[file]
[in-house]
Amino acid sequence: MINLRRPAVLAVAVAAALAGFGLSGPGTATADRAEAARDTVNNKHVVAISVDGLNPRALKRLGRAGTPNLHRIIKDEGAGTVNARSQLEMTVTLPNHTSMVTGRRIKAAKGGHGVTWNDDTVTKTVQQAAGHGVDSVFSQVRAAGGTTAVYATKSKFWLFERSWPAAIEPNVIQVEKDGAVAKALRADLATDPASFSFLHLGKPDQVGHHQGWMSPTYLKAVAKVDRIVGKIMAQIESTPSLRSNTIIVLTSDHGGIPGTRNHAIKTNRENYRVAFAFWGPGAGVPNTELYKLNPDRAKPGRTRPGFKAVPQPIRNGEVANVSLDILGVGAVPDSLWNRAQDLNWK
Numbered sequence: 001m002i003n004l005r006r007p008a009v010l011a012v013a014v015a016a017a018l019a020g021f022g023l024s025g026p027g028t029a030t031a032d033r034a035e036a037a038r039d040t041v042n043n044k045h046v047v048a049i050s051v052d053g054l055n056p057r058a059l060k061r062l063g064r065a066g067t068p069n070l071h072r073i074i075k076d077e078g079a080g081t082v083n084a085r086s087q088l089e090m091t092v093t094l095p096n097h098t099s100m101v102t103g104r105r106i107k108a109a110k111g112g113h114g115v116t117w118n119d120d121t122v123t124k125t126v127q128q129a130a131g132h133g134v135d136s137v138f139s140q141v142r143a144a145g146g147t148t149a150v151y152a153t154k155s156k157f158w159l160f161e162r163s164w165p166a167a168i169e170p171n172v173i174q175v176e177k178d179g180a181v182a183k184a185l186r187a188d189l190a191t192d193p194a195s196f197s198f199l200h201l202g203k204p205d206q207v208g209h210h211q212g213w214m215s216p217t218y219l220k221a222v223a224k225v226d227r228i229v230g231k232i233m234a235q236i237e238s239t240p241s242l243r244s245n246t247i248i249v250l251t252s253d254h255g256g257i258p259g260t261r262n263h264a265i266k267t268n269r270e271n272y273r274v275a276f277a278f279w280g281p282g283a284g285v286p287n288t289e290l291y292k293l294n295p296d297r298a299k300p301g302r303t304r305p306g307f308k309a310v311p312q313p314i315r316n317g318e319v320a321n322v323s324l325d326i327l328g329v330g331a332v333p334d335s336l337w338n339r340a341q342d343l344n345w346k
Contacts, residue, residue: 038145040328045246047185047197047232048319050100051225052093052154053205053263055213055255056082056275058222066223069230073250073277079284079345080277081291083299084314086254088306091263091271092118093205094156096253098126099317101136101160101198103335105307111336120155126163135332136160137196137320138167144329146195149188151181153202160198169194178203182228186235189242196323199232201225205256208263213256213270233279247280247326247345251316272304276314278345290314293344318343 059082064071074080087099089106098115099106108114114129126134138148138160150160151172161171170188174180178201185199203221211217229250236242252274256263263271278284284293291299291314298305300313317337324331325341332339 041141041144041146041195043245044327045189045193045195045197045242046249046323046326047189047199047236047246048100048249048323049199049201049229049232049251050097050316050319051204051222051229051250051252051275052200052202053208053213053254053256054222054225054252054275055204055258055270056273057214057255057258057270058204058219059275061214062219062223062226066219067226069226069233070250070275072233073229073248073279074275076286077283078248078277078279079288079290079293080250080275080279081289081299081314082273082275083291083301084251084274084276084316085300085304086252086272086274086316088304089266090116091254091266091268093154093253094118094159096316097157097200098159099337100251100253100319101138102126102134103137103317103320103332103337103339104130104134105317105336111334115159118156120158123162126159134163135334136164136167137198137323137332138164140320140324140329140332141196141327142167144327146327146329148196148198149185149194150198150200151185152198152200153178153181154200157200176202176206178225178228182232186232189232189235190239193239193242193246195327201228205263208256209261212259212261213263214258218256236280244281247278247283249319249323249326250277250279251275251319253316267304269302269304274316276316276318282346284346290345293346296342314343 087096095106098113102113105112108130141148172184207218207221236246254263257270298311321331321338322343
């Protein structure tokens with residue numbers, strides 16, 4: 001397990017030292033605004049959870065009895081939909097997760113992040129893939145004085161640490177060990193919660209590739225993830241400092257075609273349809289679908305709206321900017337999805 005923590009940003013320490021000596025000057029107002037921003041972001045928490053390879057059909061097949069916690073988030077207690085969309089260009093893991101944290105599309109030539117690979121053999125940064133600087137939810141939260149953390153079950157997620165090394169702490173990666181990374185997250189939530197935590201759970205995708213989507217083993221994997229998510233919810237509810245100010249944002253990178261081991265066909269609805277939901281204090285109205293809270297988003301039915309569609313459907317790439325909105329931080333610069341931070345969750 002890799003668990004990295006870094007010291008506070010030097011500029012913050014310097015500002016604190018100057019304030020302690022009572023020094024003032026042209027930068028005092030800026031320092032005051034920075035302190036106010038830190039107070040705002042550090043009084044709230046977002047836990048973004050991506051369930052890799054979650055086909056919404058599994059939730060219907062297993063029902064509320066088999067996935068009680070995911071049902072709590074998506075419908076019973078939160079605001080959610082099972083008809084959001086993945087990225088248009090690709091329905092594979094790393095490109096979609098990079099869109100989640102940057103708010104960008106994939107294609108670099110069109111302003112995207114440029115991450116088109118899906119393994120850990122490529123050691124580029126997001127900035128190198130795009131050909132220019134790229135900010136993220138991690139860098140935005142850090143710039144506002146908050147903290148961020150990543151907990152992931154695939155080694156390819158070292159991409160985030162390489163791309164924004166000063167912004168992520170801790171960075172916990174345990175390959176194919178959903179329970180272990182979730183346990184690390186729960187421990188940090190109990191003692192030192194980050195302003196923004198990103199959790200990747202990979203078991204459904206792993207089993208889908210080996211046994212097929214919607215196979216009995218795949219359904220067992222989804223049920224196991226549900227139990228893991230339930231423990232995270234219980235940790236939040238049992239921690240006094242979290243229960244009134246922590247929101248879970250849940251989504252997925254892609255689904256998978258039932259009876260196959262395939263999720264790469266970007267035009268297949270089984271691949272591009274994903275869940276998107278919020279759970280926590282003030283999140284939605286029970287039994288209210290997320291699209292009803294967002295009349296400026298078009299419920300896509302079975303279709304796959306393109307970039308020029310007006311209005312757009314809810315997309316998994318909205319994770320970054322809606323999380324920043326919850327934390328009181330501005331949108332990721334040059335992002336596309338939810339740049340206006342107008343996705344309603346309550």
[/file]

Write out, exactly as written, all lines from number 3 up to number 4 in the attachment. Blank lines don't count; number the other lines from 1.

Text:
Numbered sequence: 001m002i003n004l005r006r007p008a009v010l011a012v013a014v015a016a017a018l019a020g021f022g023l024s025g026p027g028t029a030t031a032d033r034a035e036a037a038r039d040t041v042n043n044k045h046v047v048a049i050s051v052d053g054l055n056p057r058a059l060k061r062l063g064r065a066g067t068p069n070l071h072r073i074i075k076d077e078g079a080g081t082v083n084a085r086s087q088l089e090m091t092v093t094l095p096n097h098t099s100m101v102t103g104r105r106i107k108a109a110k111g112g113h114g115v116t117w118n119d120d121t122v123t124k125t126v127q128q129a130a131g132h133g134v135d136s137v138f139s140q141v142r143a144a145g146g147t148t149a150v151y152a153t154k155s156k157f158w159l160f161e162r163s164w165p166a167a168i169e170p171n172v173i174q175v176e177k178d179g180a181v182a183k184a185l186r187a188d189l190a191t192d193p194a195s196f197s198f199l200h201l202g203k204p205d206q207v208g209h210h211q212g213w214m215s216p217t218y219l220k221a222v223a224k225v226d227r228i229v230g231k232i233m234a235q236i237e238s239t240p241s242l243r244s245n246t247i248i249v250l251t252s253d254h255g256g257i258p259g260t261r262n263h264a265i266k267t268n269r270e271n272y273r274v275a276f277a278f279w280g281p282g283a284g285v286p287n288t289e290l291y292k293l294n295p296d297r298a299k300p301g302r303t304r305p306g307f308k309a310v311p312q313p314i315r316n317g318e319v320a321n322v323s324l325d326i327l328g329v330g331a332v333p334d335s336l337w338n339r340a341q342d343l344n345w346k
Contacts, residue, residue: 038145040328045246047185047197047232048319050100051225052093052154053205053263055213055255056082056275058222066223069230073250073277079284079345080277081291083299084314086254088306091263091271092118093205094156096253098126099317101136101160101198103335105307111336120155126163135332136160137196137320138167144329146195149188151181153202160198169194178203182228186235189242196323199232201225205256208263213256213270233279247280247326247345251316272304276314278345290314293344318343 059082064071074080087099089106098115099106108114114129126134138148138160150160151172161171170188174180178201185199203221211217229250236242252274256263263271278284284293291299291314298305300313317337324331325341332339 041141041144041146041195043245044327045189045193045195045197045242046249046323046326047189047199047236047246048100048249048323049199049201049229049232049251050097050316050319051204051222051229051250051252051275052200052202053208053213053254053256054222054225054252054275055204055258055270056273057214057255057258057270058204058219059275061214062219062223062226066219067226069226069233070250070275072233073229073248073279074275076286077283078248078277078279079288079290079293080250080275080279081289081299081314082273082275083291083301084251084274084276084316085300085304086252086272086274086316088304089266090116091254091266091268093154093253094118094159096316097157097200098159099337100251100253100319101138102126102134103137103317103320103332103337103339104130104134105317105336111334115159118156120158123162126159134163135334136164136167137198137323137332138164140320140324140329140332141196141327142167144327146327146329148196148198149185149194150198150200151185152198152200153178153181154200157200176202176206178225178228182232186232189232189235190239193239193242193246195327201228205263208256209261212259212261213263214258218256236280244281247278247283249319249323249326250277250279251275251319253316267304269302269304274316276316276318282346284346290345293346296342314343 087096095106098113102113105112108130141148172184207218207221236246254263257270298311321331321338322343